While I agree with you on the ills of "a run-away regulatory bureaucracy," businesses that look out for "their own self-interest" will always choose to cut corners if it allows them to make an extra buck, unless the costs for doing so are imposed on them.
The real catch is that for the free market checks you mention to work, all parties need to have all of the information (i.e., potential consumers have to know that the product might contain a toxic substance, and what the side effects of using the product would be because of it). Since corporations (sans regulation) will do everything they can to suppress that information, someone needs to impose a cost on those corporations for acting this way.
Without environmental regulation, corporations will dump their waste wherever and whenever they can, even if it causes earthquakes or birth defects, because it's cheaper than cleaning up their messes and disposing of things safely. The market rewards that behaviour - a company behaving badly will have lower costs than its competitors, and will drive them out of business unless they start behaving badly, too.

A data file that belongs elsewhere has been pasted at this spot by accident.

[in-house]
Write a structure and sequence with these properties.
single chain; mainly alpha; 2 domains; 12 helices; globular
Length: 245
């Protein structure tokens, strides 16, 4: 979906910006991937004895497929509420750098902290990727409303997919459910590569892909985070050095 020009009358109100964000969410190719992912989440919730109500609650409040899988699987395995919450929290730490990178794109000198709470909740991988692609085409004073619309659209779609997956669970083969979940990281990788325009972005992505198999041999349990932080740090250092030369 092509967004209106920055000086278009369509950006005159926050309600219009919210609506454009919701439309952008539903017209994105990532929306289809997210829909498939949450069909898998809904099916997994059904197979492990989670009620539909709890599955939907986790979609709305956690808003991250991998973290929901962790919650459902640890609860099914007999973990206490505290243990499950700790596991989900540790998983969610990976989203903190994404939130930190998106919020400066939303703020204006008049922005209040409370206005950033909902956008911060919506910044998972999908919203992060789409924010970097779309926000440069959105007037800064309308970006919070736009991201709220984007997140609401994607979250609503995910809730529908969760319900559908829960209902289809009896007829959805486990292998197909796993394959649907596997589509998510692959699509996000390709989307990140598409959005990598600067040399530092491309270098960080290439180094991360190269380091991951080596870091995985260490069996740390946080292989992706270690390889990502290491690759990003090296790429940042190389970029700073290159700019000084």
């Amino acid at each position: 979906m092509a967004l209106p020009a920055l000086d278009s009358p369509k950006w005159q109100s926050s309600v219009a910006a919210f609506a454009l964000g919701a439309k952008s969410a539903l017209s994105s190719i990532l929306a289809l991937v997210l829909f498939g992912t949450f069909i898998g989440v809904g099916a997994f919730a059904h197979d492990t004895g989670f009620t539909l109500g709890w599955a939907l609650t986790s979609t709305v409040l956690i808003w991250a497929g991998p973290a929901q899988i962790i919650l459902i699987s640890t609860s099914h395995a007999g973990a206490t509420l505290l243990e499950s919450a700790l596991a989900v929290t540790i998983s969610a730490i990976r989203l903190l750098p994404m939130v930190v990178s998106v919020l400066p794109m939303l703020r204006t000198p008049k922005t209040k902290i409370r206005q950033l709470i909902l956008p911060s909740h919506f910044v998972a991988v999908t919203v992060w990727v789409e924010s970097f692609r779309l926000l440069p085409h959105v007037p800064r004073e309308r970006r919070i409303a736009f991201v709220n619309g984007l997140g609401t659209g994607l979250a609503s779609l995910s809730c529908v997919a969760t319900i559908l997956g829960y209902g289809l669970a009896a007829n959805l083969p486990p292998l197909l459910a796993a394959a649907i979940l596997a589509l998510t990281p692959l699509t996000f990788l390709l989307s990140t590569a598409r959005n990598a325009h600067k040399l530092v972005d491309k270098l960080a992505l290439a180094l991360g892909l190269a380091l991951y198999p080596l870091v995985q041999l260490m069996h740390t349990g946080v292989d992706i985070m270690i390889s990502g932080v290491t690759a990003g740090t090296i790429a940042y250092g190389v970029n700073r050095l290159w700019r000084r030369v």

Sure, corrupt regulators make the process much worse than merely corrupt corporations, but that just means we need to clean up the corrupt bureaucracy, as well as the corrupt corporations. Corruption has to cost, or the market will not correct it.